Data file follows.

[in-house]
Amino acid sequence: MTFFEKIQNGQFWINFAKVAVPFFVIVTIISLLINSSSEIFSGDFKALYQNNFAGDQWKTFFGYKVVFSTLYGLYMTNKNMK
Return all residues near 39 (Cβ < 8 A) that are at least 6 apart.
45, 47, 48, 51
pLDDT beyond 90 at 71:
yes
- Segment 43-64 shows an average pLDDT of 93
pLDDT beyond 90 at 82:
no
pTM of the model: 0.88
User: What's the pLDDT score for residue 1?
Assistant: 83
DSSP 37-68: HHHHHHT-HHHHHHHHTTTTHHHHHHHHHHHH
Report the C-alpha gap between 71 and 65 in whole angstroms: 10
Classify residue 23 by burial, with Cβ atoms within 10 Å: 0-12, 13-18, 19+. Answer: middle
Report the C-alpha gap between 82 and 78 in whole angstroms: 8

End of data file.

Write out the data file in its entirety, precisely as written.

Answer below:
[in-house]
Amino acid sequence: MTFFEKIQNGQFWINFAKVAVPFFVIVTIISLLINSSSEIFSGDFKALYQNNFAGDQWKTFFGYKVVFSTLYGLYMTNKNMK
Return all residues near 39 (Cβ < 8 A) that are at least 6 apart.
45, 47, 48, 51
pLDDT beyond 90 at 71:
yes
- Segment 43-64 shows an average pLDDT of 93
pLDDT beyond 90 at 82:
no
pTM of the model: 0.88
User: What's the pLDDT score for residue 1?
Assistant: 83
DSSP 37-68: HHHHHHT-HHHHHHHHTTTTHHHHHHHHHHHH
Report the C-alpha gap between 71 and 65 in whole angstroms: 10
Classify residue 23 by burial, with Cβ atoms within 10 Å: 0-12, 13-18, 19+. Answer: middle
Report the C-alpha gap between 82 and 78 in whole angstroms: 8